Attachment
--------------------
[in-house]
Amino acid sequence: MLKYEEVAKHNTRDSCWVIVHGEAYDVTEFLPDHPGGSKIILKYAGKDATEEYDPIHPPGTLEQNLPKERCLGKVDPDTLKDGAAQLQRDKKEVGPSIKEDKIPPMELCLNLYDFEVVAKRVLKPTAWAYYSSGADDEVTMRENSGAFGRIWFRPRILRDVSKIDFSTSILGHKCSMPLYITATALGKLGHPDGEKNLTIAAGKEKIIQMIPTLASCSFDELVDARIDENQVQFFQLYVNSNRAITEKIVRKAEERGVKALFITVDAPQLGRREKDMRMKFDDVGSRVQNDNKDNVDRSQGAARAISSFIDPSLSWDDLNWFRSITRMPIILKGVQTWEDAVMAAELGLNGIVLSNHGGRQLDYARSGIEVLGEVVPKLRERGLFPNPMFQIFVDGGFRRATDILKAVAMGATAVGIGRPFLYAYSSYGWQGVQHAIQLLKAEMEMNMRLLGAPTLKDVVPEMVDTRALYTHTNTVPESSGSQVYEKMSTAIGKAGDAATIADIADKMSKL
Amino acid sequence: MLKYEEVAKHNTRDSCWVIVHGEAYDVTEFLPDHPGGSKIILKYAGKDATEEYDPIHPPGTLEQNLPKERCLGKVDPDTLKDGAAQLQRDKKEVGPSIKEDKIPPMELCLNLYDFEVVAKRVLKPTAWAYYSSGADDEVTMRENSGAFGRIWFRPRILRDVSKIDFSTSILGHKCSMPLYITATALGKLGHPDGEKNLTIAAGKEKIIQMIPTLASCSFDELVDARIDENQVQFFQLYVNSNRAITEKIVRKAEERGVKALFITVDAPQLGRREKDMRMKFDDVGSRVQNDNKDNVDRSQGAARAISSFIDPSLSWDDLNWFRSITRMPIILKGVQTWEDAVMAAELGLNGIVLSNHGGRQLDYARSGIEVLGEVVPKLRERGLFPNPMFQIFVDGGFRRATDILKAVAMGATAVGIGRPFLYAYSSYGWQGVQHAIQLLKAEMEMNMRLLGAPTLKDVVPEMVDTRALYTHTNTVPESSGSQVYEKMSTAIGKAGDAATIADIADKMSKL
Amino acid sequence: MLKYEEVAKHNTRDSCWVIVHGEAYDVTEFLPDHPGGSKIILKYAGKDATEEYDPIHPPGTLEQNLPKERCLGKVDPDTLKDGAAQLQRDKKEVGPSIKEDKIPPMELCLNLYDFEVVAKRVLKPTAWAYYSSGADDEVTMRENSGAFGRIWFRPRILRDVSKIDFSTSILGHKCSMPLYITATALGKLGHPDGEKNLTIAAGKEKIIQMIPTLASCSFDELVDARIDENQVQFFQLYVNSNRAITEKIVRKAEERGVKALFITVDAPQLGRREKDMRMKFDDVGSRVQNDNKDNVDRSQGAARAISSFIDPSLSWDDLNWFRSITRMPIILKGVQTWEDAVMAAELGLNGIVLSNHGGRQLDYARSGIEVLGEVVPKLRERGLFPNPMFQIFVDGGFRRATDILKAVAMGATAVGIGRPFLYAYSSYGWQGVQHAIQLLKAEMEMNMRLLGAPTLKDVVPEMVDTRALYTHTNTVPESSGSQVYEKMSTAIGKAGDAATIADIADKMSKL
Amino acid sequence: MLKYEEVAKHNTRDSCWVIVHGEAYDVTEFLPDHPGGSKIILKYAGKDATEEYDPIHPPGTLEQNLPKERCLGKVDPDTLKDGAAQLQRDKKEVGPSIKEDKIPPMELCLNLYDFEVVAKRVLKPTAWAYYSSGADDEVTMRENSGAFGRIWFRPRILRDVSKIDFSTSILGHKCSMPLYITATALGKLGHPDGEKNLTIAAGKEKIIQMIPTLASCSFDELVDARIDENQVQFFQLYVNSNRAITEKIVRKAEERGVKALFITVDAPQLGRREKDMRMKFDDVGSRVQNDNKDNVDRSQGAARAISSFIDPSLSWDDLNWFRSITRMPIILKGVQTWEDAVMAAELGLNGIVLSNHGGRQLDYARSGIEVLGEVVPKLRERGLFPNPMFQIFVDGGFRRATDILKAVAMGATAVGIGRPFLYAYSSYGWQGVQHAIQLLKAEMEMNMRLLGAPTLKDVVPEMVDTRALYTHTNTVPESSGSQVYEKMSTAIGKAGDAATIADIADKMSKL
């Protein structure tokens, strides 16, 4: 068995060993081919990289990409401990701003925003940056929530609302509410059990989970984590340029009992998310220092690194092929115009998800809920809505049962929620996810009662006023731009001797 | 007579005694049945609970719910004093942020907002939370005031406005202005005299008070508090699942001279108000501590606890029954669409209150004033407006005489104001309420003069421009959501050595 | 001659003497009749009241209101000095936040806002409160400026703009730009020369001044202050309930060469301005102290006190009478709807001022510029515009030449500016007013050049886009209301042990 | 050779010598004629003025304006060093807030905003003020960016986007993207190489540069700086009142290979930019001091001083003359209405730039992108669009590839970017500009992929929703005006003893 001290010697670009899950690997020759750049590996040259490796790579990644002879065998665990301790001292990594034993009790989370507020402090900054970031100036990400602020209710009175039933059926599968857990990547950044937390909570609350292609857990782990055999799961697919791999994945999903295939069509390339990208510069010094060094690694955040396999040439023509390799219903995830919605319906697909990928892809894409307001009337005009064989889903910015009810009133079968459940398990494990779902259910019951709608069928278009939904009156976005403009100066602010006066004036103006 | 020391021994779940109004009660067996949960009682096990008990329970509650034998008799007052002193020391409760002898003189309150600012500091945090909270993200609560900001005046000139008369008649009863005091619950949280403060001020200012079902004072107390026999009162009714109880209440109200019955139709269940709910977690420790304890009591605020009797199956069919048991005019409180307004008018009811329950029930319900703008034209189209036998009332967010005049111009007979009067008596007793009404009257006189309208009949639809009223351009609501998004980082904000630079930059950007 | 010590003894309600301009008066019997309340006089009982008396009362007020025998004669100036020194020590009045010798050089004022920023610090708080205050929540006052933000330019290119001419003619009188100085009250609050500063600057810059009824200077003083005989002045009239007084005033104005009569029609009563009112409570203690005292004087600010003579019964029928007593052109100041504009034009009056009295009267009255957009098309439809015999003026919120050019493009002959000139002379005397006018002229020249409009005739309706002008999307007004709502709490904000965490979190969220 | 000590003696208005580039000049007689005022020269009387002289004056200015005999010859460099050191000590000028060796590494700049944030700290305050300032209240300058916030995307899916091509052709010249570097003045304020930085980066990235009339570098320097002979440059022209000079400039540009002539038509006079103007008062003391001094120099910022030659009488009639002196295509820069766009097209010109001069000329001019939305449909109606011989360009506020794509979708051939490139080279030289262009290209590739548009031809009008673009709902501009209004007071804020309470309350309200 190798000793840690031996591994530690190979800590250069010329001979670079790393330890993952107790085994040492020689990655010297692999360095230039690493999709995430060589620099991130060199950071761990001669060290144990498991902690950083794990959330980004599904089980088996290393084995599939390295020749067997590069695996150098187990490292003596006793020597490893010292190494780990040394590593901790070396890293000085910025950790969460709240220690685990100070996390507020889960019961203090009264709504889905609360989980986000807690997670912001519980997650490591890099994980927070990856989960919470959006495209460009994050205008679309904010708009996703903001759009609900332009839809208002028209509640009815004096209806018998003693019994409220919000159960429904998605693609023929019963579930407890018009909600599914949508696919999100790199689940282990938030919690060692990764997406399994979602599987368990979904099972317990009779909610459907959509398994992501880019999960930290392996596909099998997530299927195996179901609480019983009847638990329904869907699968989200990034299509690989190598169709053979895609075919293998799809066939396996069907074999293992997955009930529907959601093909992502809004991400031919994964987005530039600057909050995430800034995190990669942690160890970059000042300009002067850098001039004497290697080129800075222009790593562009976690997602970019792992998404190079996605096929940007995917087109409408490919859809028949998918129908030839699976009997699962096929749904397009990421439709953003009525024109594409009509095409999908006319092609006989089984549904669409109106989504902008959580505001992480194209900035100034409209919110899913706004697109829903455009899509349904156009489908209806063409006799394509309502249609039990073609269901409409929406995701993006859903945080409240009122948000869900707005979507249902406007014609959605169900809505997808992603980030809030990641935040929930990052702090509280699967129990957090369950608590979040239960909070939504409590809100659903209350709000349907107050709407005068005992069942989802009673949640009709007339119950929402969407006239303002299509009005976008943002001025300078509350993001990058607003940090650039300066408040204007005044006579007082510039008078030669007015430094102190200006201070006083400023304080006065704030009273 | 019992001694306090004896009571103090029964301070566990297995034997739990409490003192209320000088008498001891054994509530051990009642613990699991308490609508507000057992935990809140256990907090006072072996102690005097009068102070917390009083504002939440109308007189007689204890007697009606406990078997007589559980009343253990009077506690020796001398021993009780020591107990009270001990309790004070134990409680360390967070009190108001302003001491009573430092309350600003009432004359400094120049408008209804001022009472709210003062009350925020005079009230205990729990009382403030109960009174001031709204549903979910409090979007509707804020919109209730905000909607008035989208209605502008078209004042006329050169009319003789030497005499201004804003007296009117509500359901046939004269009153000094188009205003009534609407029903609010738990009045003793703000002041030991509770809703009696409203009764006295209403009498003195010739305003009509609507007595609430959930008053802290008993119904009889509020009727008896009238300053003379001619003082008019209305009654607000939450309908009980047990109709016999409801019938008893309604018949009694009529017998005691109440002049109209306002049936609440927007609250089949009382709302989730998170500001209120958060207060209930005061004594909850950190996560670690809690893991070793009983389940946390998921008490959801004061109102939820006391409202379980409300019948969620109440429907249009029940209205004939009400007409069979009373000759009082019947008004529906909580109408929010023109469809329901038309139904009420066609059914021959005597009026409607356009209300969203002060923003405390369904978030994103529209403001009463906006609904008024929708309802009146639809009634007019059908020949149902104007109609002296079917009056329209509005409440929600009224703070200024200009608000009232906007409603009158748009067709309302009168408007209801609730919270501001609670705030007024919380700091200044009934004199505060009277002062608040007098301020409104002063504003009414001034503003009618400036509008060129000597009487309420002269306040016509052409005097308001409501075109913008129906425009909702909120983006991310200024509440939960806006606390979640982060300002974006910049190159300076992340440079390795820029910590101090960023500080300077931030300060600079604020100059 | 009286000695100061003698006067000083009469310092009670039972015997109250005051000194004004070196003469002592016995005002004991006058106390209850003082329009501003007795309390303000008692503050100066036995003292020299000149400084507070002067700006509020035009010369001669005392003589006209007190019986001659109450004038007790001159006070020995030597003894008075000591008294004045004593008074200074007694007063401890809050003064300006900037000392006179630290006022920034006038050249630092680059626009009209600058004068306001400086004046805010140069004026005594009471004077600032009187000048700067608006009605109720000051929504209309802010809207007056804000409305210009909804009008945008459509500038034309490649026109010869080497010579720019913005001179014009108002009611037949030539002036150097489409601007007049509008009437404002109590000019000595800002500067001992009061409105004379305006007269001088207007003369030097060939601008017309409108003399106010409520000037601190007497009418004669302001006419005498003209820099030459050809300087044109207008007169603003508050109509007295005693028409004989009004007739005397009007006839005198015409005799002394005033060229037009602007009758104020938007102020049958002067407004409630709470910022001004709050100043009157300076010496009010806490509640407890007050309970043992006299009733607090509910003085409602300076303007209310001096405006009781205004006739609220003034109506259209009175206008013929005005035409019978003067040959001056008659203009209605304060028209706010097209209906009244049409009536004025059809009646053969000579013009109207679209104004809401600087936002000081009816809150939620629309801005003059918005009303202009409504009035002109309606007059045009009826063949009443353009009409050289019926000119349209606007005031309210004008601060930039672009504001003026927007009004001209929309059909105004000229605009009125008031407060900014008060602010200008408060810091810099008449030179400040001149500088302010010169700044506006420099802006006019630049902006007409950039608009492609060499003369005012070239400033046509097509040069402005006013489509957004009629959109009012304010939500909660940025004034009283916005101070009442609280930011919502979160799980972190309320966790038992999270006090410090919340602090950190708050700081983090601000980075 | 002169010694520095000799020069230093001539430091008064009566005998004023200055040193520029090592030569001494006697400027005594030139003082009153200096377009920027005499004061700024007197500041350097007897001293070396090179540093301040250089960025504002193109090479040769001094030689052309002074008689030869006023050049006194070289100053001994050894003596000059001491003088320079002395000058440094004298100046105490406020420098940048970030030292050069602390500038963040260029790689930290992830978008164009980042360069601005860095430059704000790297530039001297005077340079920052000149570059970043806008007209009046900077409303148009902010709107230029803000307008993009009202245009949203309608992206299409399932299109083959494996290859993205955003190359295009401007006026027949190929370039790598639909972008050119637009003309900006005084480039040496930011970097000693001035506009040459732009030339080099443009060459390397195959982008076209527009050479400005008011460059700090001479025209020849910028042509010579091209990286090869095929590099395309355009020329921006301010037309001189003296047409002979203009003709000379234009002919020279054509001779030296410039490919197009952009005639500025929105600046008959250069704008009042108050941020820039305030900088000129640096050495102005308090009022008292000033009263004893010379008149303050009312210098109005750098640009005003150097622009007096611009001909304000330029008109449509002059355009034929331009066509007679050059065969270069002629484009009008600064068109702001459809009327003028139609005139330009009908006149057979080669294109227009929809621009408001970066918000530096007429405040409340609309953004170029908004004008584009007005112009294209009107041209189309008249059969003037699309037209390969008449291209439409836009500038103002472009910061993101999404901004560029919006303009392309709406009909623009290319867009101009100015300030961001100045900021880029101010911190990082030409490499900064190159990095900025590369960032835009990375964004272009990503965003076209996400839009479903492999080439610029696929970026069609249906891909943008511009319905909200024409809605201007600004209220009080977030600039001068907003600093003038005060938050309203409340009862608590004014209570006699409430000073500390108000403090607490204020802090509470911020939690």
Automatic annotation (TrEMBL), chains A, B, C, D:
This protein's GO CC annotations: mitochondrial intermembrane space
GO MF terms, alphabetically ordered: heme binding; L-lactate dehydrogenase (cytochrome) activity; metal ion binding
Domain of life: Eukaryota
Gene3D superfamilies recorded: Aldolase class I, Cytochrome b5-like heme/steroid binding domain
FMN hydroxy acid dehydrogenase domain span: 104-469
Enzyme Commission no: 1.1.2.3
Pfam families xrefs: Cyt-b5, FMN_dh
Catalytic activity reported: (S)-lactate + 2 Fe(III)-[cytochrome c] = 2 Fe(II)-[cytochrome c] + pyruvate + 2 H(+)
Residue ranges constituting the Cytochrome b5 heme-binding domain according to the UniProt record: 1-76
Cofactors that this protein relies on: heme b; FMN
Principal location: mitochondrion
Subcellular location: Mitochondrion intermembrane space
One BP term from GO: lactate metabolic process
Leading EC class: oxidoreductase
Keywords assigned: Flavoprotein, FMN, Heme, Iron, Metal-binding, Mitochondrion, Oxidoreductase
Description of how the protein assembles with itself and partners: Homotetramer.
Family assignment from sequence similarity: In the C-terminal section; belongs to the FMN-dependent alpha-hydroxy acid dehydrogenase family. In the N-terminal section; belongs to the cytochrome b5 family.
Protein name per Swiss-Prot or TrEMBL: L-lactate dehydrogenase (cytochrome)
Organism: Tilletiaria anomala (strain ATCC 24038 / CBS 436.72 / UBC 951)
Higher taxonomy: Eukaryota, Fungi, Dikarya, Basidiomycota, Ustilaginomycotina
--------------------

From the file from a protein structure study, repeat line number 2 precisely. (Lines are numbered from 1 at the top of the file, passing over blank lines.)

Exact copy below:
Amino acid sequence: MLKYEEVAKHNTRDSCWVIVHGEAYDVTEFLPDHPGGSKIILKYAGKDATEEYDPIHPPGTLEQNLPKERCLGKVDPDTLKDGAAQLQRDKKEVGPSIKEDKIPPMELCLNLYDFEVVAKRVLKPTAWAYYSSGADDEVTMRENSGAFGRIWFRPRILRDVSKIDFSTSILGHKCSMPLYITATALGKLGHPDGEKNLTIAAGKEKIIQMIPTLASCSFDELVDARIDENQVQFFQLYVNSNRAITEKIVRKAEERGVKALFITVDAPQLGRREKDMRMKFDDVGSRVQNDNKDNVDRSQGAARAISSFIDPSLSWDDLNWFRSITRMPIILKGVQTWEDAVMAAELGLNGIVLSNHGGRQLDYARSGIEVLGEVVPKLRERGLFPNPMFQIFVDGGFRRATDILKAVAMGATAVGIGRPFLYAYSSYGWQGVQHAIQLLKAEMEMNMRLLGAPTLKDVVPEMVDTRALYTHTNTVPESSGSQVYEKMSTAIGKAGDAATIADIADKMSKL